$SAMI = (Get-AzAutomationAccount -ResourceGroupName $resourceGroup -Name $automationAccount).Identity.PrincipalId
    New-AzRoleAssignment `
        -ObjectId $SAMI `
        -ResourceGroupName $resourceGroup `
        -RoleDefinitionName "DevTest Labs User"
    
  4. Assign a role to a user-assigned managed identity.

    $UAMI = (Get-AzUserAssignedIdentity -ResourceGroupName $resourceGroup -Name $userAssignedManagedIdentity)
    New-AzRoleAssignment `
        -ObjectId $UAMI.PrincipalId `
        -ResourceGroupName $resourceGroup `
        -RoleDefinitionName "DevTest Labs User"
    
  5. For the system-assigned managed identity, show ClientId and record the value for later use.

    $UAMI.ClientId
    

Create a runbook to handle alerts

To use Automation with alerts, you need a runbook that manages the alert JSON payload that's passed to the runbook. The following example runbook must be called from an Azure alert.

As described in the preceding section, each type of alert has a different schema. The script takes the webhook data from an alert in the WebhookData runbook input parameter. Then, the script evaluates the JSON payload to determine which alert type is being used.

This example uses an alert from an Azure virtual machine (VM). It retrieves the VM data from the payload, and then uses that information to stop the VM. The connection must be set up in the Automation account where the runbook is run. When using alerts to trigger runbooks, it's important to check the alert status in the runbook that is triggered. The runbook triggers each time the alert changes state. Alerts have multiple states, with the two most common being Activated and Resolved. Check for state in your runbook logic to ensure the runbook doesn't run more than once. The example in this article shows how to look for alerts with state Activated only.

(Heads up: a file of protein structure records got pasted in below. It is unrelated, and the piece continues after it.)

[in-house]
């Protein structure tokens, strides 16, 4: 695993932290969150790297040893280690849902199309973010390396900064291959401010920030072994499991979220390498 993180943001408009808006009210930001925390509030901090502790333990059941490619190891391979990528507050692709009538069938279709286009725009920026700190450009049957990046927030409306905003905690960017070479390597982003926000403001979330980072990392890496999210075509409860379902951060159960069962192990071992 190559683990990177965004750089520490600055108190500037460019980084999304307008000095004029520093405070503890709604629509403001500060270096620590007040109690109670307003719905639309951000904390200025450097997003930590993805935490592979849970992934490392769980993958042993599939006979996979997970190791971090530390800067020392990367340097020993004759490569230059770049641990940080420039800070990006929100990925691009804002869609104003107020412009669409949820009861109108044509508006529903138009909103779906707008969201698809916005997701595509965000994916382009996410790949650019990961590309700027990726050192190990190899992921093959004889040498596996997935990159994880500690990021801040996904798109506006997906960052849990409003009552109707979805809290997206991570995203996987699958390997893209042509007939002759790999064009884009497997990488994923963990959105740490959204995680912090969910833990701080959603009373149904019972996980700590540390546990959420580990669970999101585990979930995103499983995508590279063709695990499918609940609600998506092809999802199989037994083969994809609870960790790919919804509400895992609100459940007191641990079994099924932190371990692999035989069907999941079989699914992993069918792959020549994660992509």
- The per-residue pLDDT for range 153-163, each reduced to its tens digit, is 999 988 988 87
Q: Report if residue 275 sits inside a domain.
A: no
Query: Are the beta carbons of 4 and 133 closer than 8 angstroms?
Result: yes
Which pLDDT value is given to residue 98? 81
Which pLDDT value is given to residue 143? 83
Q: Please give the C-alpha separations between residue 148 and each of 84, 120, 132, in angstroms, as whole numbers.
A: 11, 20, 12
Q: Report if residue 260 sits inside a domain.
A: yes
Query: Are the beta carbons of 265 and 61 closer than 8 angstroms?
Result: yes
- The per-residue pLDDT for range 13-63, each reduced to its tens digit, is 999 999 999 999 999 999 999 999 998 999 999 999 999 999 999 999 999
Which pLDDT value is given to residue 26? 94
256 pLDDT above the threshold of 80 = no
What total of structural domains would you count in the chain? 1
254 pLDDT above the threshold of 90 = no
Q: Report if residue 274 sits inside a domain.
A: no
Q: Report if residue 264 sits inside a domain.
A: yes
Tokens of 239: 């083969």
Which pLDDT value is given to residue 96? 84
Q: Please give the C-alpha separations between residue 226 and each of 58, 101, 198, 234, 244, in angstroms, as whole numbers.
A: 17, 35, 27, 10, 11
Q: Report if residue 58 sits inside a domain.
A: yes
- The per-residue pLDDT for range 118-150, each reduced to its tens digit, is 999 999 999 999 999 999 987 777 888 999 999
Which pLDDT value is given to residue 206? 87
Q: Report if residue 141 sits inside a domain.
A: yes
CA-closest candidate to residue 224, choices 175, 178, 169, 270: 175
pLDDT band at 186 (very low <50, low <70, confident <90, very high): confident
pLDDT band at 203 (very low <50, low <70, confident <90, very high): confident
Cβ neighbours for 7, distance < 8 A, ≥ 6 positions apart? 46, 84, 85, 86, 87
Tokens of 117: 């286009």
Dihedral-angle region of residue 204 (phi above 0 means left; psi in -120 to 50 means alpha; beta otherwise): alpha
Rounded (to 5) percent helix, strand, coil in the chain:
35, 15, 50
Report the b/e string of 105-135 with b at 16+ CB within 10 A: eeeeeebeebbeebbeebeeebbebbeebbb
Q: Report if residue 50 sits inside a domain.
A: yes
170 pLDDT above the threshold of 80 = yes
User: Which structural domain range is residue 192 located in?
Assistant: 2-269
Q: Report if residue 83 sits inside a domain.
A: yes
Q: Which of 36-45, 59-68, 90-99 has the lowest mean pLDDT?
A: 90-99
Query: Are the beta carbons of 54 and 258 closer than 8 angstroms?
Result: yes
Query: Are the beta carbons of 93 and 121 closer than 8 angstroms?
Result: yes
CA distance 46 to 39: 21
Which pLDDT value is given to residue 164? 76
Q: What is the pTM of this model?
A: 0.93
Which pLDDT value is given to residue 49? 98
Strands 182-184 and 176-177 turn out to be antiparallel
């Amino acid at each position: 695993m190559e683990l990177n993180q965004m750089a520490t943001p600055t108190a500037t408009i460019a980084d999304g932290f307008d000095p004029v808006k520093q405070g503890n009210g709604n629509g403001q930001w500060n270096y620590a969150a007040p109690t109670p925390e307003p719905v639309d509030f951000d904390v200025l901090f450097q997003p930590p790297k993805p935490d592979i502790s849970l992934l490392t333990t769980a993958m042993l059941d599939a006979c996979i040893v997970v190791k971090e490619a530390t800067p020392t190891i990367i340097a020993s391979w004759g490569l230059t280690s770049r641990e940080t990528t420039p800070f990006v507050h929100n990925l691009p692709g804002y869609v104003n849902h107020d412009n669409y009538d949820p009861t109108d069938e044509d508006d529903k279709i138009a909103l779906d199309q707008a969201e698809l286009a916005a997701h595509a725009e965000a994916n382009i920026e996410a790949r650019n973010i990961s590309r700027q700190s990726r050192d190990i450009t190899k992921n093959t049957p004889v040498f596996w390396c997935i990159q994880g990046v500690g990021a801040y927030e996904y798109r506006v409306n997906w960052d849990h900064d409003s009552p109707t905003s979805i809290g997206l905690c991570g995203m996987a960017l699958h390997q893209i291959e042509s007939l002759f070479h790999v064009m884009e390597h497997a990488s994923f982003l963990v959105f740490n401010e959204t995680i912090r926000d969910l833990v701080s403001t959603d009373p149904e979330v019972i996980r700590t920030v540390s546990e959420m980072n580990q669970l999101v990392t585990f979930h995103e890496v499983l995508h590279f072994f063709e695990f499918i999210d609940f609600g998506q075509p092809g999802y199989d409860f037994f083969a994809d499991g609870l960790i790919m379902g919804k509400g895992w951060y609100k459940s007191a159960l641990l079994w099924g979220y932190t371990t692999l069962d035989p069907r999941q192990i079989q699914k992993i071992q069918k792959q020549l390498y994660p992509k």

The runbook uses the Automation account system-assigned managed identity to authenticate with Azure to perform the management action against the VM. The runbook can be easily modified to use a user-assigned managed identity.

Use this example to create a runbook called Stop-AzureVmInResponsetoVMAlert. You can modify the PowerShell script, and use it with many different resources.

  1. Sign in to the Azure portal, and navigate to your Automation account.

  2. Under Process Automation, select Runbooks.

  3. Select + Create a runbook.

    1. Name the runbook Stop-AzureVmInResponsetoVMAlert.
    2. From the Runbook type drop-down list, select PowerShell.
    3. Select Create.
  4. In the runbook editor, paste the following code:

    [OutputType("PSAzureOperationResponse")]
    param
    (
        [Parameter (Mandatory=$false)]
        [object] $WebhookData
    )
    $ErrorActionPreference = "stop"
    
    if ($WebhookData)
    {
        # Get the data object from WebhookData
        $WebhookBody = (ConvertFrom-Json -InputObject $WebhookData.RequestBody)
    
        # Get the info needed to identify the VM (depends on the payload schema)
        $schemaId = $WebhookBody.schemaId
        Write-Verbose "schemaId: $schemaId" -Verbose
        if ($schemaId -eq "azureMonitorCommonAlertSchema") {
            # This is the common Metric Alert schema (released March 2019)